Stretching is one of the most under-utilized techniques for improving athletic performance, preventing sports injury, and properly rehabilitating sprain and strain injury. Please don’t make the mistake of thinking something as simple as stretching isn’t effective.

Below are 3 very beneficial stretches for tennis; there are a plethora more, but these are a great place to start.

1. Rotating Wrist Stretch: Place one arm straight out in front and parallel to the ground. Rotate your wrist down and outwards and then use your other hand to further rotate your hand upwards.

2. Yoga Mudra: This is a great stretch for the anterior shoulder, bicep, pectoralis, and back. Once seated on your heels, exhale, place your arms behind your back, and interlace the fingers together. Draw the shoulders away from the ears and squeeze the shoulder blades together to press out through the sternum. Inhale and arch the chest up towards the ceiling. Keep the chest open as you exhale and hinge at the hips, lowering the forehead down to the floor (optional). Lift the arms up as high as you can keeping the palms press together if possible.

mid back stretch demonstrated by Dr. Serne

3. Kneeling Heel-down Achilles Stretch: Kneel on one foot and place your body weight over your knee. Keep your heel on the ground and lean forward.

Have a great match!

Vitality Clinic

Are you one of the lucky ones looking forward to a much deserved holiday or extended travel? If you are, then congratulations and have an amazing trip! But if you are an individual who has a regular workout routine, chiropractor, or massage therapy treatments helping you to maintain your optimal health, consider planning ahead for the sudden change in your routine. Carrying luggage, sitting and waiting beforehand in the terminal or during your flight, and sleeping on a different mattress may aggravate an already existing ailment. Conditions such as piriformis syndrome, sacroiliac (SI) instability, sciatic pain, lower back, and knee pain. We put together a valuable list of tools you can easily incorporate into your journey to help keep you feeling fantastic!

Lower Back Support

Even if your flight is only a few hours in duration, sitting on the airplane can be uncomfortable and may aggravate ailments you already have; especially for the hips, lower back, and knees.

Sitting without support causes your lumbar spine to reverse it’s curve (slouch), adding compressive pressure to your sacrum and relevant joints. Your pelvis tilts posteriorly (backwards) and your hip flexors tighten into a shortened position. A lumbar support cushion will protect your spine by encouraging a proper posture. Otherwise, ailments like piriformis syndrome, sciatica, sacroiliac weakness, and hip flexor tendonitis will be aggravated and cause pain.

Before you take off, ask your chiropractor or massage therapist for a lower back support. They should be able to order you a proper fitting cushion.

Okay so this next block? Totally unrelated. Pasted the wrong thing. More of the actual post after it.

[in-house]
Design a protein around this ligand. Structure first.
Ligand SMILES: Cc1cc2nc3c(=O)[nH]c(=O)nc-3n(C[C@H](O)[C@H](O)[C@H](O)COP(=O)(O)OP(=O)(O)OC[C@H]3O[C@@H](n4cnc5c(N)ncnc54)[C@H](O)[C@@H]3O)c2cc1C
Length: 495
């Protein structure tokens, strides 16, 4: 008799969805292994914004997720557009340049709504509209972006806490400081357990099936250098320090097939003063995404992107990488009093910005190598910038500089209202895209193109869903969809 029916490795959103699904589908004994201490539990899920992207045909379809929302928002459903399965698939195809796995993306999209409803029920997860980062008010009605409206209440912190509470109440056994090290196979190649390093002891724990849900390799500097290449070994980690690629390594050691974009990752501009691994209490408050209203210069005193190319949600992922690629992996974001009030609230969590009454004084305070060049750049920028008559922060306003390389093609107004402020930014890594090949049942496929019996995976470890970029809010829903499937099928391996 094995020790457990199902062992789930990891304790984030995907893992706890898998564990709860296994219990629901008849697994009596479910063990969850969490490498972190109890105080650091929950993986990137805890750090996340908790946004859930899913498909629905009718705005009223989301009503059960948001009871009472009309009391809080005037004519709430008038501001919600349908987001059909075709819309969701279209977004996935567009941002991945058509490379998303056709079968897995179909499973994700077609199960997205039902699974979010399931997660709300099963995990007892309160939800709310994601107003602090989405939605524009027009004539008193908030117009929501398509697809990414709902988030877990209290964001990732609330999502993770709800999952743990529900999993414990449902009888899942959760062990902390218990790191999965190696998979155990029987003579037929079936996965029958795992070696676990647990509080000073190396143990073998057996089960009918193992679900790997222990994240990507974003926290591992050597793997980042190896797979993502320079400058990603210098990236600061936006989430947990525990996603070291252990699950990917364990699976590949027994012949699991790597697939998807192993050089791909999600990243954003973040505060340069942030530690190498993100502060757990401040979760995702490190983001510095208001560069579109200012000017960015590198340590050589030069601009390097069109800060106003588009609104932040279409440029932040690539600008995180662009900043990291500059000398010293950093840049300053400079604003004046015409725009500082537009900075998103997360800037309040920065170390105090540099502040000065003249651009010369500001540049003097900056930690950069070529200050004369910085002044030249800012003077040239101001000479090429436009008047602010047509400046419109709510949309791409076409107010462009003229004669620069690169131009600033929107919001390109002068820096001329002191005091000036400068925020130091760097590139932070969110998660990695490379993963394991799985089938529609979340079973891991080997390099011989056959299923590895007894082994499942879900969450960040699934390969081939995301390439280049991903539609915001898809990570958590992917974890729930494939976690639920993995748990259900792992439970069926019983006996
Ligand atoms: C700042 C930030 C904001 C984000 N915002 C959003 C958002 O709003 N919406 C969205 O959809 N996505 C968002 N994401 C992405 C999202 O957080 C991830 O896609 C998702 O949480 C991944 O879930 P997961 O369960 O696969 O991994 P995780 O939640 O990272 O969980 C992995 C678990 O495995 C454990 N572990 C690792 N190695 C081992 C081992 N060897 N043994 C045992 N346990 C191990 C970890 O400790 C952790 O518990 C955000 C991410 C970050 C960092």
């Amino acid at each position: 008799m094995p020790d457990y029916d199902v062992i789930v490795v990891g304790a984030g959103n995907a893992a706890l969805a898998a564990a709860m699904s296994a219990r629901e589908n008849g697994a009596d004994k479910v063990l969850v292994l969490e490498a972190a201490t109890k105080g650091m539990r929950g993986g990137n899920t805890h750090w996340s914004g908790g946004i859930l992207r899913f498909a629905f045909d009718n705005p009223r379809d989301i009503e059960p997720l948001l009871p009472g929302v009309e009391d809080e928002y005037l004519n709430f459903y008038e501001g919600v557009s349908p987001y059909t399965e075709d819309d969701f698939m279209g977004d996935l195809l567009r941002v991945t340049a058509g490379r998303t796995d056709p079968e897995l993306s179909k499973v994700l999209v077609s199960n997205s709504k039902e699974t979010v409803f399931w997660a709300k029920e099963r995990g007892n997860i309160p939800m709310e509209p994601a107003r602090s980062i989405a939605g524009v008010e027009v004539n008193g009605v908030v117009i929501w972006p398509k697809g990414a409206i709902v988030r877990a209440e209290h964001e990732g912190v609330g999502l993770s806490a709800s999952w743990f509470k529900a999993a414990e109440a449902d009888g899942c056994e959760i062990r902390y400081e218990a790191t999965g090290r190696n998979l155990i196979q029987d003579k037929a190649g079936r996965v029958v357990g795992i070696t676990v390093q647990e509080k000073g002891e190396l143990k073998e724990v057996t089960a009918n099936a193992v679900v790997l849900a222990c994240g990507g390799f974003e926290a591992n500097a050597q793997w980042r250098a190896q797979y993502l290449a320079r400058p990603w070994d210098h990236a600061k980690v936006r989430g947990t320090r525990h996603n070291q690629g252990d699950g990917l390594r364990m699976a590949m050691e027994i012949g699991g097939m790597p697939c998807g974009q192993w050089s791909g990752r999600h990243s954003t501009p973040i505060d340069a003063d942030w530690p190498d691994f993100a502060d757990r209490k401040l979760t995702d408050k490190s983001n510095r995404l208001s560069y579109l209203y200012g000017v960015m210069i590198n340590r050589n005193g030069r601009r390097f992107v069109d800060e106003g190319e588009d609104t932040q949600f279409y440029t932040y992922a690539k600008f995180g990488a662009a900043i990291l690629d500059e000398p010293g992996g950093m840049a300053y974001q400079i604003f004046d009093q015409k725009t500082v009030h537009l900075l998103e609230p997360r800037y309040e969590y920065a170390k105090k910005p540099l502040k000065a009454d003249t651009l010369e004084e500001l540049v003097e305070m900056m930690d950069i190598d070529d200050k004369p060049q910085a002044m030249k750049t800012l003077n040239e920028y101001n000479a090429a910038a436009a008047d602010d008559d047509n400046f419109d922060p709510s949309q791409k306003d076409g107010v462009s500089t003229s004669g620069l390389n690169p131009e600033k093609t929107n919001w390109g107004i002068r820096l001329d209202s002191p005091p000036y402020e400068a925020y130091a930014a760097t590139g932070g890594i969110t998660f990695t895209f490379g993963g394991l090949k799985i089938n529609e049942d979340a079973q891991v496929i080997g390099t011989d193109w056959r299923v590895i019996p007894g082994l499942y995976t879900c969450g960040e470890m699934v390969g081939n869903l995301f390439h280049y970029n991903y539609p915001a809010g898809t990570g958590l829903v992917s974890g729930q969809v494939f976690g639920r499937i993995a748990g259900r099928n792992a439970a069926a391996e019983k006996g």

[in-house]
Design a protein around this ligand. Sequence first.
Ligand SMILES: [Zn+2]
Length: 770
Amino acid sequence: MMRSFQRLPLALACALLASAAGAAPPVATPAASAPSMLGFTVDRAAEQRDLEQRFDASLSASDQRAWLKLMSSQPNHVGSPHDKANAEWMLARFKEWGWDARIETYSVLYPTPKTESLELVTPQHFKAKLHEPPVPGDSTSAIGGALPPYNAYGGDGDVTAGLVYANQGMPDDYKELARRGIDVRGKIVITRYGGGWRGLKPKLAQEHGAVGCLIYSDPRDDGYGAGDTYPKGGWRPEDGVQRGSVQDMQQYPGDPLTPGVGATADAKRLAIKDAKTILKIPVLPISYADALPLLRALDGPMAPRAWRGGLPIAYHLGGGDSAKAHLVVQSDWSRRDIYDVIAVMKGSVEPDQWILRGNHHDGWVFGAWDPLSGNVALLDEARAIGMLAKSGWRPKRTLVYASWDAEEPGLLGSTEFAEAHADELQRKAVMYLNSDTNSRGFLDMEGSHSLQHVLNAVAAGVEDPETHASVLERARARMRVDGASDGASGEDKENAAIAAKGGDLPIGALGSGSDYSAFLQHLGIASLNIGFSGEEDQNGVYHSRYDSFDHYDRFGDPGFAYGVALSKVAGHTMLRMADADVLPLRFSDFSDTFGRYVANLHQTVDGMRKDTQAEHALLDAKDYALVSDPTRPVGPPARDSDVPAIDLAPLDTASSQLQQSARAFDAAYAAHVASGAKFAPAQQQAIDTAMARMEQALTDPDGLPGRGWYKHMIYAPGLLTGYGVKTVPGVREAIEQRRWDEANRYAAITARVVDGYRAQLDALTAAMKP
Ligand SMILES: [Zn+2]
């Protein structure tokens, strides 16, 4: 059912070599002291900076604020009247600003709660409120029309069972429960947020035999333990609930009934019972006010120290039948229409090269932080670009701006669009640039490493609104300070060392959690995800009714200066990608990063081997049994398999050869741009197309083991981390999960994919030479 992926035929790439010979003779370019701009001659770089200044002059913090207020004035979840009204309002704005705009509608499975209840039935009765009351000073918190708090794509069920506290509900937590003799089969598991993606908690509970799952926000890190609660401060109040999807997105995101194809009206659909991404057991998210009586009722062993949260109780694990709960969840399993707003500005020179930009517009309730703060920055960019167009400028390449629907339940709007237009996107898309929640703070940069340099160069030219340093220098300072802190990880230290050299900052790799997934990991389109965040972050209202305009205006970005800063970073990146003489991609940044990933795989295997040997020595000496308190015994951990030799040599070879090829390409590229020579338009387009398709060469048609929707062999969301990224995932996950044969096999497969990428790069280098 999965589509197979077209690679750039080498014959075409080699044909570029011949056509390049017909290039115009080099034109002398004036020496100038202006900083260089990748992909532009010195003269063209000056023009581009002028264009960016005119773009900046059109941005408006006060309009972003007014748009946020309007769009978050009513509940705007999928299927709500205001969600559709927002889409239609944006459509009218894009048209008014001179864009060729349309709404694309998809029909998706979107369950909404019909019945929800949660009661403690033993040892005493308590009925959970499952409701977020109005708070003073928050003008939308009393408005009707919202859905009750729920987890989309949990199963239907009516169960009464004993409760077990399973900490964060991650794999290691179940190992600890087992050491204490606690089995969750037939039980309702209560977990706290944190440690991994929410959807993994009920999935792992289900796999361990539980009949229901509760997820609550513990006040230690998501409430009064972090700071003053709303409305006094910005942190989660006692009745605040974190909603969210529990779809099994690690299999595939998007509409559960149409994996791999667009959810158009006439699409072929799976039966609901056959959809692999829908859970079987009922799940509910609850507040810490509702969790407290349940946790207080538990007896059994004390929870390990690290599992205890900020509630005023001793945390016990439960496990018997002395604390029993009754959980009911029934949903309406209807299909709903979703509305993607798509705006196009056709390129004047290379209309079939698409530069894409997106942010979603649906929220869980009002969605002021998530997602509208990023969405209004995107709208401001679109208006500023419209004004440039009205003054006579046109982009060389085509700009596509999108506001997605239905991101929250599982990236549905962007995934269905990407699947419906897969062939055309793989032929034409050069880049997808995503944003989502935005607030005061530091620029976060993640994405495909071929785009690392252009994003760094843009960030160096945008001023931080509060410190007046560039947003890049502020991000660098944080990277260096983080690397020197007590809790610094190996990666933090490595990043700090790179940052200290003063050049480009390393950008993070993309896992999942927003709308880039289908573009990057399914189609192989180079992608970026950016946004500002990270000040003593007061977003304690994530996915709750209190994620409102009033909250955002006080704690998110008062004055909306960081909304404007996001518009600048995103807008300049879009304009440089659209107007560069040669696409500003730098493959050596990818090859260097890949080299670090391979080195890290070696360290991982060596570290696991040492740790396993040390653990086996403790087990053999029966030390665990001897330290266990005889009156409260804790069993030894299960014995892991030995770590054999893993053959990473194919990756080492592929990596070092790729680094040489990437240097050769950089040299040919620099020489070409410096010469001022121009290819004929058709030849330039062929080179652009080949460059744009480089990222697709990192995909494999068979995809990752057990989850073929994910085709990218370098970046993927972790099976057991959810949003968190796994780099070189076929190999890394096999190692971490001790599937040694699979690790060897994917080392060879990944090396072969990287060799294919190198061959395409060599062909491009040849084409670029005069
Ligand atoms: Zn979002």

Take Stretch Breaks

These days, unless you have a whole row to yourself, there is generally not enough room at your seat to properly stretch. If you’re on a long flight, please consider taking some time to stand up and implement some stretch breaks. Use the privacy and space of the washroom to stretch your hips and quads. Squat down to stretch your hips and grab an ankle at a time to stretch your hip flexors.

Sweat It Out

You may be exhausted from the travel but taking an hour to warm up your body once you have reached your destination is crucial. Additionally, if you are dealing with jet leg this is even more vital to your overall well-being. Exercise releases positive hormones that will help you feel great and boost your energy levels.

A cardiovascular workout will soften adhesions and loosen tight joints. A low impact workout like swimming, cycling, yoga, or treadmill walk are a few examples. If your destination does not provide a gym or yoga studio, using nature or hotel stairs can make for excellent substitutions!

Fascial Stretching

After working out, follow it up with this stretching program. Hold each stretch for 1-3 minutes and practice strong diaphragmatic breathing during each posture.

Wall Hamstring Stretch

Double Sided Spinal Twist

Piriformis Stretch

Hip Flexor and Quad Stretch

Abductor (Groin) and General Relaxation Stretch


Stay hydrated! It can be tricky with security check points to always have water with you, but do you would being yourself a disservice if you didn’t bring your water bottle to fill after. You’ll be encouraged to finish it at each check point keeping you hydrated and energized.

Proper water intake will help with
• Immune support
• Decreasing fascial adhesions
• Increasing energy levels

If you can incorporate all these tips, or even most of them, you will certainly appreciate the benefits!

Happy Travels,
The Vitality Clinic Team